When an early copy of Laura Wood’s, ‘A Snowfall of Silver,’ arrived on my doorstep I was absolutely thrilled. Despite wanting to devour this immediately I restrained myself because Laura’s stunning writing deserves to be savoured and not devoured in greedy gulps. So I waited patiently for a day when I would have uninterrupted time so I could completely lose myself in the pages and not be distracted by day to day demands. Laura takes us back to the characters we first met in the glorious, ‘A Sky Painted Gold,’ but this time it’s Lou’s younger sister Freya, who takes centre stage in the story. I knew from the opening scene that Freya would completely steal my heart when she plans a daring escape to London in the middle of the night to pursue her dreams. Freya longs to be an actress and is convinced that leaving the confines of Cornwall and running away to the hustle and bustle of London is the only answer. But London is far more complicated than Freya expects and it looks like her dreams are over before they’ve even begun until a chance encounter with Kit gives her what seems like the opportunity of a lifetime, the chance to join a theatrical company on a tour. Freya is determined to fully embrace every moment of this adventure but life and love doesn’t always turn out in the way we expect.
Without wishing to sound too much like Freya, nothing I write in this blog will every truly capture how beautiful and dreamy this story is and how much I adore it. Laura has this enviable talent of effortlessly transporting the reader to this different time and place, allowing you to fully immerse yourself in this wonderful experience. I loved the internal struggles Freya feels as she tries to understand what love is and how her life should be. All she knows of love has been found in books and as we watch her coming of age quite beautifully we feel her confusion and pain most viscerally. Her innocence and naivety is charming and enchanting, it’s intriguing to see the world through the eyes of this girl who has lived such a sheltered existence. She can’t comprehend why the exceptionally talented Viola is restricted to regional theatre until she realises that the comments about her exotic looks are not meant in a kind way. Seeing it through her eyes makes it feel more shocking especially when almost ninety years later it feels in some ways like very little has changed. Her initial shock at seeing Nora’s relationship with other women, is tempered by her absolute acceptance of something that wasn’t even considered as actually existing at this time. I love how Laura weaves these reflections on society in what is ultimately a wonderfully romantic story.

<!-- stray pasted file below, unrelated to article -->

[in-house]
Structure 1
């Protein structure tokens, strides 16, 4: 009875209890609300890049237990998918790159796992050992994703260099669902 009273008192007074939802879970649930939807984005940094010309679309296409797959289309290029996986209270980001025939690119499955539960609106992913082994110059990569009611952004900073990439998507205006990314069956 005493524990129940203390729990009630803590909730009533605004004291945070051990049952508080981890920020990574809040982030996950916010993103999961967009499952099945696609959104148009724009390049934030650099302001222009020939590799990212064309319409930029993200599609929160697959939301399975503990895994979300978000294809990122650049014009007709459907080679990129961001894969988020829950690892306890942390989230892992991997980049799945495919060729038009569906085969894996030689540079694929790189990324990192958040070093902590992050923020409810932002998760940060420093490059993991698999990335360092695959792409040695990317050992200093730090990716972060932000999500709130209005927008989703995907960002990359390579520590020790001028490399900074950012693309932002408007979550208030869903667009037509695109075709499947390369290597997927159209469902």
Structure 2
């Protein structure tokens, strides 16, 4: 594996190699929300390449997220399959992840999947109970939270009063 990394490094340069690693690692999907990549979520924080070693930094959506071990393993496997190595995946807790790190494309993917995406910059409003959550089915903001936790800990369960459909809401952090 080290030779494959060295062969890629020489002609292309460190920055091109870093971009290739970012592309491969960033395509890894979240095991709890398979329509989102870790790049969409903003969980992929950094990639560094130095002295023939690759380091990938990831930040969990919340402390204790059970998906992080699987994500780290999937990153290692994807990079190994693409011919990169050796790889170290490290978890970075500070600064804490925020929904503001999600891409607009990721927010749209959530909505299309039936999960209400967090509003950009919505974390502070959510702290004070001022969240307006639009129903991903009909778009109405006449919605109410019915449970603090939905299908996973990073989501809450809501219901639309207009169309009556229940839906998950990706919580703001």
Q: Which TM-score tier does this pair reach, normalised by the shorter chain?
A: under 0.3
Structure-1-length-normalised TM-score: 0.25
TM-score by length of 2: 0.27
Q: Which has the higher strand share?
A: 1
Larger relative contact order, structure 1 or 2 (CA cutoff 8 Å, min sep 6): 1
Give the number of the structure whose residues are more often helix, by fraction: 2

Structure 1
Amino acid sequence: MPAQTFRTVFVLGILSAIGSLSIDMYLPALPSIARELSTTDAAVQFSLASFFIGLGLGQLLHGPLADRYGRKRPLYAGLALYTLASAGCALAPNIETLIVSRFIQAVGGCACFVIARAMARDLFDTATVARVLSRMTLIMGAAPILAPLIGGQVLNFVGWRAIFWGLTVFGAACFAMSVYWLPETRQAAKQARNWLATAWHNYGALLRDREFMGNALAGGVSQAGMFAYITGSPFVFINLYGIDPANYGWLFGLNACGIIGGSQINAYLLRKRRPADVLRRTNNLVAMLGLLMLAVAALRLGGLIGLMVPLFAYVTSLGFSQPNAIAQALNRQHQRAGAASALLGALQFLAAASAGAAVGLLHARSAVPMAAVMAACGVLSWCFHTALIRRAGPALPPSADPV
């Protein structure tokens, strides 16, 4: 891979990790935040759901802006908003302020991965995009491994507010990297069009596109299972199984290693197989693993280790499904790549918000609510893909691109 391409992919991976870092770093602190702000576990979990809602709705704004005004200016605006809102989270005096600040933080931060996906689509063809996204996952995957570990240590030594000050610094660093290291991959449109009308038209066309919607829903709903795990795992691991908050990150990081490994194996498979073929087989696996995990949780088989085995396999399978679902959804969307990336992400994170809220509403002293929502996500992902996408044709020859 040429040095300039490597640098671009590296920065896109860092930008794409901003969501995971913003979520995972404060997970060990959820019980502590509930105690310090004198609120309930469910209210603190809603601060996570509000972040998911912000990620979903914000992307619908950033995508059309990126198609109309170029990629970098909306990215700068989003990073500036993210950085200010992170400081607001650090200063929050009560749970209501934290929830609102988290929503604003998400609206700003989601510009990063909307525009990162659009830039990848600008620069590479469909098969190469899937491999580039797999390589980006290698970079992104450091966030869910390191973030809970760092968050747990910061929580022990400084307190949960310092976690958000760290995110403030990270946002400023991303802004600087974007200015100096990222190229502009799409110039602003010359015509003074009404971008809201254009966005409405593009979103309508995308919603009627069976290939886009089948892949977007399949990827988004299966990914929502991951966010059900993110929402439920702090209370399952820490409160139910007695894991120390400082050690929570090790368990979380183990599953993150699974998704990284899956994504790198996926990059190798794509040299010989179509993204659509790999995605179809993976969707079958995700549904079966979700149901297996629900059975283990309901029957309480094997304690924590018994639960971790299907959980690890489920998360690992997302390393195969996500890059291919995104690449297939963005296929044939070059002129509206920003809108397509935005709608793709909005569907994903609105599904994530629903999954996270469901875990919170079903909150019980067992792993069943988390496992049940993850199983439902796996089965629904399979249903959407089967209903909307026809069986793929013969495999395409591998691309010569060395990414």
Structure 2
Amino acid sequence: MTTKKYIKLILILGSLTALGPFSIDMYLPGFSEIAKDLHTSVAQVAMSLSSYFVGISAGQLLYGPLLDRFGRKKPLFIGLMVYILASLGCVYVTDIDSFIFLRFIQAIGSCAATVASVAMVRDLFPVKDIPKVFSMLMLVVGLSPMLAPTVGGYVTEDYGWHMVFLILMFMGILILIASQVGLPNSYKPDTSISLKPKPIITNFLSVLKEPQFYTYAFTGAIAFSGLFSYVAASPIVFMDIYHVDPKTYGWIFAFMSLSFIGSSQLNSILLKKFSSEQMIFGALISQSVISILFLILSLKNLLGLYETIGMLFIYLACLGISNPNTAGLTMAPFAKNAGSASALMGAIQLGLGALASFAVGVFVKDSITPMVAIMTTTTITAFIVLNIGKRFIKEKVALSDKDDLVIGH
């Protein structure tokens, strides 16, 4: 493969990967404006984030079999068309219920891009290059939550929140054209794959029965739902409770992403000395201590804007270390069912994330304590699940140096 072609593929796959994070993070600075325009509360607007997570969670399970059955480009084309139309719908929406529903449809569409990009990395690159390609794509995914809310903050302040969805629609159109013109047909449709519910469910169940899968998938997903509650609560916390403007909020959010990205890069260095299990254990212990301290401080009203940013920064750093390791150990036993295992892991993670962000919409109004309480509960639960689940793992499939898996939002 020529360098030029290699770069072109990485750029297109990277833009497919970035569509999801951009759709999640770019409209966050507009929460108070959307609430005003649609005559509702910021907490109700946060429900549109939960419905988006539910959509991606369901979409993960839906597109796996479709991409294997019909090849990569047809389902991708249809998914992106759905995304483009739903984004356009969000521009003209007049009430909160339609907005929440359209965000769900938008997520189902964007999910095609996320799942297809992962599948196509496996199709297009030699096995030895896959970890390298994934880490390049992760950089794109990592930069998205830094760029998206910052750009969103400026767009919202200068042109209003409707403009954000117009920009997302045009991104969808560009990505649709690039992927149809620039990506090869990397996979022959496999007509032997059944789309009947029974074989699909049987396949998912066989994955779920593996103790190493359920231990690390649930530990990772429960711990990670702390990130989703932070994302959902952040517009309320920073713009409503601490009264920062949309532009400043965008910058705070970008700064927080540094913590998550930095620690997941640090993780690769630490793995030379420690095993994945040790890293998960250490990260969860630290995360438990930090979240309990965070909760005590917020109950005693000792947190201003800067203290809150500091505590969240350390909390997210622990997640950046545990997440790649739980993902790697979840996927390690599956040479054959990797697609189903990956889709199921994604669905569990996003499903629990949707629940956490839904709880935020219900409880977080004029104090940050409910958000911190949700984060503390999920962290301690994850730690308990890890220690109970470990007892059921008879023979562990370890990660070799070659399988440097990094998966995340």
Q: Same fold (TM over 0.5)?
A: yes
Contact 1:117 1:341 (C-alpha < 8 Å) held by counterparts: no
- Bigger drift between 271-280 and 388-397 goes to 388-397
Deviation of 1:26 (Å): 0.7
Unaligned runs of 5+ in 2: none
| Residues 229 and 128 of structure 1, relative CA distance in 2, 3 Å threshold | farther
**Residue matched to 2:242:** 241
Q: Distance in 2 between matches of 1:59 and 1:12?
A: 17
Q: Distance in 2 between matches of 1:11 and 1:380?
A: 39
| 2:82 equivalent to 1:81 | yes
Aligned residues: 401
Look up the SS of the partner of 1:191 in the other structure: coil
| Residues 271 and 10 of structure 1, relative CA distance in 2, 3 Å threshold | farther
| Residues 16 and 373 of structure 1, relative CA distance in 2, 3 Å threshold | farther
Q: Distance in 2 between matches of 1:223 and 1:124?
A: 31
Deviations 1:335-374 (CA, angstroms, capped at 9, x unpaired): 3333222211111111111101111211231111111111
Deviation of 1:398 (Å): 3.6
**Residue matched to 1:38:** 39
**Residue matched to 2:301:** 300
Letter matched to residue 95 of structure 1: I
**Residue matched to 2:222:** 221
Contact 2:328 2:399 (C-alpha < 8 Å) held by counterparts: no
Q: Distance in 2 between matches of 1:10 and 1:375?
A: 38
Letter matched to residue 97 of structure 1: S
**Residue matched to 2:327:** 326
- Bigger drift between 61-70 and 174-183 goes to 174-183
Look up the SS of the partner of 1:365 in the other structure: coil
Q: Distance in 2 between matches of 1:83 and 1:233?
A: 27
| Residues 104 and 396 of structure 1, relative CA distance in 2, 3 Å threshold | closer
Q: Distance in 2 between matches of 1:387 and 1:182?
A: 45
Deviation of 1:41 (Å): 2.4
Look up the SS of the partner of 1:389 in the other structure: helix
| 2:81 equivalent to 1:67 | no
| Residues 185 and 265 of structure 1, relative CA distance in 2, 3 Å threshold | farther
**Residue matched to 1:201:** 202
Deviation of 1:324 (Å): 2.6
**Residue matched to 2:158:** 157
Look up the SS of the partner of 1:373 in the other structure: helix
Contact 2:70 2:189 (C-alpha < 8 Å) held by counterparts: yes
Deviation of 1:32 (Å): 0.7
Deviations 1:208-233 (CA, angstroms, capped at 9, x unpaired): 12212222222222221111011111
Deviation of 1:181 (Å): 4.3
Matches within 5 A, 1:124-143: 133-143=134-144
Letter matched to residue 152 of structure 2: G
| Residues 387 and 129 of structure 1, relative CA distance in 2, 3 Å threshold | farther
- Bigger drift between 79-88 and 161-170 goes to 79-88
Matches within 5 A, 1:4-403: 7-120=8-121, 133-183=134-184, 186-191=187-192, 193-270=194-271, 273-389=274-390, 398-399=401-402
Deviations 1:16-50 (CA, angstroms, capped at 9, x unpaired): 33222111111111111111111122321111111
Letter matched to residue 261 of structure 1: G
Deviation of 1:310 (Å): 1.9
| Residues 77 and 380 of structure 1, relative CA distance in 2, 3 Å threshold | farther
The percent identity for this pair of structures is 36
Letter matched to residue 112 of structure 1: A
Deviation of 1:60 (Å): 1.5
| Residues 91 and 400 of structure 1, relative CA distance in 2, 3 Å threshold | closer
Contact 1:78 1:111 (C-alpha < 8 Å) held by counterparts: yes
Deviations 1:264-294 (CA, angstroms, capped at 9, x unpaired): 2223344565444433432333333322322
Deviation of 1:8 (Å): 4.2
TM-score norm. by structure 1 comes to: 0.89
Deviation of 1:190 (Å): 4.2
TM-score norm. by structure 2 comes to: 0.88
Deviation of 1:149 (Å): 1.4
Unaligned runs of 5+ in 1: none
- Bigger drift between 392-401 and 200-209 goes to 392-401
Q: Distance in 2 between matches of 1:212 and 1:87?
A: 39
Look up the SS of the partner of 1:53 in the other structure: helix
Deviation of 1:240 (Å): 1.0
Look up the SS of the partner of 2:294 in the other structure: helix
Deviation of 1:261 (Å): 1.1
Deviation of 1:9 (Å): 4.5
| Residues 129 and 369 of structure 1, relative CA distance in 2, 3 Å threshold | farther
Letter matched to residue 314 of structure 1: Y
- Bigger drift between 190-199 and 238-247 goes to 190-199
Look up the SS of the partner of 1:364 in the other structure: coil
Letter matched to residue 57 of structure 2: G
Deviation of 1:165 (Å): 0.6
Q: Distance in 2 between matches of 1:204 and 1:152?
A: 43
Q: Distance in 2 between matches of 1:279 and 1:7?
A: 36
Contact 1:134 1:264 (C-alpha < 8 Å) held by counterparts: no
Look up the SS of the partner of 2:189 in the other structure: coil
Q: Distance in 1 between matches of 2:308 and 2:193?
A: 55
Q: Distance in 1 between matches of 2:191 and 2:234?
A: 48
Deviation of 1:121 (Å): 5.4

Intricate and richly detailed, I loved the shabbiness of behind the scenes life compared to the apparent glitz and glamour of the stage. You could visualise the stunning costumes but then see the hours of painstaking work that goes into them, the tiny invisible stitches that no one could possibly see in the audience. The grubby and rundown boarding houses versus the opulence of the hotels that the leading cast member and producer stay in. Despite this you can’t help but be drawn into their world and envy their freedom and experiences as they explore the country. I particularly loved the scenes where they became stranded and transformed something disappointing and mundane into the most spectacular and divine time. But I’ve said more than enough and now I must invite you the reader to step inside and be swept away in the most sublime and stunning story.
Thanks to Harriet and Scholastic for sending me a gifted copy. ‘A Snowfall of Silver,’ is released on the 1st October and is available to pre-order now online or from any good bookshop. If you can support your local independent bookshop please do, you can find your nearest one here.